by James C. Sherlock
Did you read the over 100 comments beneath The Left Is Lying: CRT Is Peddling Hate in Our Schools earlier today in this space?
Quite a dogfight.
Do you notice how the left tries to pretend that applied critical theory in education, which incorporates CRT but is about much more, is about only the teaching of history?
The organizing principle, dogma really, of the critical theorists creating Virginia educational policy at VDOE is that American society is oppressive and must be dismantled through the K-12 public schools.
That is one reason why those same policies deny the exercise by parents of their roles, obligations and rights at every turn. Parents form the very American society that the left wants to dismantle.
We should stop the diversions and deal with what the left writes clearly that it is attempting.
I will quote below from Critical Theory and Education by Tabitha Dell’Angelo.
Tabitha Dell’Angelo is an Associate Professor and Coordinator of the Urban Education Master’s Program at The College of New Jersey. Her research interests include social justice in education, cultural identity development, stress tolerance, and coping strategies for teachers.
So I will jump to the conclusion that she is a fan of that of which she writes.
“In the application of Critical Theory proper, offshoots have been born that seek to shed light on how various aspects of culture function. In that regard, there are various “cross-pollinations” between critical theory and other theoretical arenas. These include education and pedagogy, contemporary feminism, and critical race theory, among others.
In this section, we will offer an explanation of some of these areas and how they fit into the larger tradition of Critical Theory more generally.
Each of these theories is legitimately linked to Marx’s original conception of Critical Theory as they each seek to analyze and create change within various aspects of culture where oppression exists. In terms of Critical Theory in Education, Marx would evaluate the ways in which education, curriculum, and classroom interactions are socially constructed and to what degree these interactions are based on what the participants truly believe is right. Though much of his philosophy is tinged with a kind of determinism, an idea that societal structure can define and limit human thought, a central tenant of Critical Theory, is the belief that change is possible, no matter how great the obstacles to that change.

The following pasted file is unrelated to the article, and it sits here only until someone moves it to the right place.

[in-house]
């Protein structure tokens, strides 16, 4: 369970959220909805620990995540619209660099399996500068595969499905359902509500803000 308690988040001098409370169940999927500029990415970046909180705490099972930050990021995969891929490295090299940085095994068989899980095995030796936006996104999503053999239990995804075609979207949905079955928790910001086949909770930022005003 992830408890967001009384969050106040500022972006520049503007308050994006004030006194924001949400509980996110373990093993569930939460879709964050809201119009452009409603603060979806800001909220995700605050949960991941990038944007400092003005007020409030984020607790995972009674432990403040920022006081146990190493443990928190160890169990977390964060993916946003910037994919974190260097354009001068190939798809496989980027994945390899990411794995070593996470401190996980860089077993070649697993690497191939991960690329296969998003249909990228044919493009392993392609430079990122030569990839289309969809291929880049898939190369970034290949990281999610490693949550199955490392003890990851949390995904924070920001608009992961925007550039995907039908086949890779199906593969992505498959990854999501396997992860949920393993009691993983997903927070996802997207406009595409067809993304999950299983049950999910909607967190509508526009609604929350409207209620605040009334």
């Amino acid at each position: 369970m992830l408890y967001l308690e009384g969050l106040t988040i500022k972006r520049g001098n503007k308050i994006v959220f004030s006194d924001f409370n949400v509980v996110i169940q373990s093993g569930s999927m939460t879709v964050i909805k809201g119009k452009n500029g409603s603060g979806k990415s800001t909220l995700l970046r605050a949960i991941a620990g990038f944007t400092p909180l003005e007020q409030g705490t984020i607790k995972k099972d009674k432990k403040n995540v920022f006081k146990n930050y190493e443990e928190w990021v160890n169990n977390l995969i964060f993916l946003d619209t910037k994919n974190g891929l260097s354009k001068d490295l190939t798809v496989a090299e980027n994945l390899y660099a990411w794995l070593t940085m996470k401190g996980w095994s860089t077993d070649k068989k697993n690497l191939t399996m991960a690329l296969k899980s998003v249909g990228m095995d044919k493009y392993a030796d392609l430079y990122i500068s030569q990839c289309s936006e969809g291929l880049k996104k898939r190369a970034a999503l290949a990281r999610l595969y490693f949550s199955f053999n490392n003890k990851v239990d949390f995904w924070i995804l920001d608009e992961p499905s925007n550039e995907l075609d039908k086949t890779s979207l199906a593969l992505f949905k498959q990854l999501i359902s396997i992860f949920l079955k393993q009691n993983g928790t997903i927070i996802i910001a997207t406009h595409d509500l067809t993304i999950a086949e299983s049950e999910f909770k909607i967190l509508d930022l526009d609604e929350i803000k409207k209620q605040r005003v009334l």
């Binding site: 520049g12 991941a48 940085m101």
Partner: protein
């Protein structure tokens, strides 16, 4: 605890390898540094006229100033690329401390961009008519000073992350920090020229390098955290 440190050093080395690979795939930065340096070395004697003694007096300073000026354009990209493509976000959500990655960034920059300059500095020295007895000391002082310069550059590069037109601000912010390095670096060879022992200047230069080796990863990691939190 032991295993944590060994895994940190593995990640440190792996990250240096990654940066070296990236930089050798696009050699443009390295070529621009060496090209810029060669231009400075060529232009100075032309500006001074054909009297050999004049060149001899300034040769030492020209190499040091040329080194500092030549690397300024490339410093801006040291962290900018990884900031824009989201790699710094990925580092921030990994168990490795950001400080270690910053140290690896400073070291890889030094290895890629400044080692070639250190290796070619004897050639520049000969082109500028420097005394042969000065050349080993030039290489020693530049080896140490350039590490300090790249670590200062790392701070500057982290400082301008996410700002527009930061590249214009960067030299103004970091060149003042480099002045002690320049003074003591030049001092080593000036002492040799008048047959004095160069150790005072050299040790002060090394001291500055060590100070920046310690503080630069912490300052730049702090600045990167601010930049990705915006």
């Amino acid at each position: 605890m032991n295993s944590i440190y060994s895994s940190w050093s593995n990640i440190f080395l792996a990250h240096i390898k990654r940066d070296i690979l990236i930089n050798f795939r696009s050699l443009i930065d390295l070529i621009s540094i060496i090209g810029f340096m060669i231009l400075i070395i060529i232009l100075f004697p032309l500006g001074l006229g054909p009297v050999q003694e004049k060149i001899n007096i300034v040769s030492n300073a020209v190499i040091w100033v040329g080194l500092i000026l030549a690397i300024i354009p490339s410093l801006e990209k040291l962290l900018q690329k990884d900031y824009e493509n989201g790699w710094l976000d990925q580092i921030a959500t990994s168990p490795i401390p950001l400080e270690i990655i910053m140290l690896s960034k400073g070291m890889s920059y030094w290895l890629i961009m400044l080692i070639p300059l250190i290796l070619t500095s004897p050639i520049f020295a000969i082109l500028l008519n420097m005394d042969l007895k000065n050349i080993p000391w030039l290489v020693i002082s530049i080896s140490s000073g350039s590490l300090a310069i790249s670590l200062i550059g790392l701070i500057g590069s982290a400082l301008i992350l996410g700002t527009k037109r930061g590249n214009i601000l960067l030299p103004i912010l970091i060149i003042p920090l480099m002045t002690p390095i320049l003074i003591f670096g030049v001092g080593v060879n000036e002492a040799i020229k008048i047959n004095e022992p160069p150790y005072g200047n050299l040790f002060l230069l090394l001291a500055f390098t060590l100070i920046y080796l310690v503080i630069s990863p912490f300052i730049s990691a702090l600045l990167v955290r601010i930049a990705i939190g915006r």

As Paulo Freire (1970) spells out in Pedagogy of the Oppressed
“if the examination of oppression is conducted without hope for change, it is a sterile enterprise, inculcating hopelessness in students, which, in turn, can only further discourage individuals from seeking emancipation and change.”
In his eyes, the only reason to spend time and energy understanding oppression is so that it can be ultimately dismantled.
Critical theories of education recognize that (a) educational systems are at least complicit in oppression (though many would go farther and state that these systems are the most powerful mechanism for the reproduction of social inequality), and (b) there must be a corresponding plan for emancipatory action through education. The mechanisms of oppression and the opportunities to create change exist simultaneously in two important aspects of education — the nature of curriculum and the pedagogies teachers enact. ”
That, whether you agree with them not, is the progressive left’s agenda in introducing critical theory into Virginia schools.
It is that “society is oppressive and must be dismantled,” and they are offering “a corresponding plan for emancipatory action through education.”
Please don’t disrupt the progressives clarity of purpose.
It is their one virtue.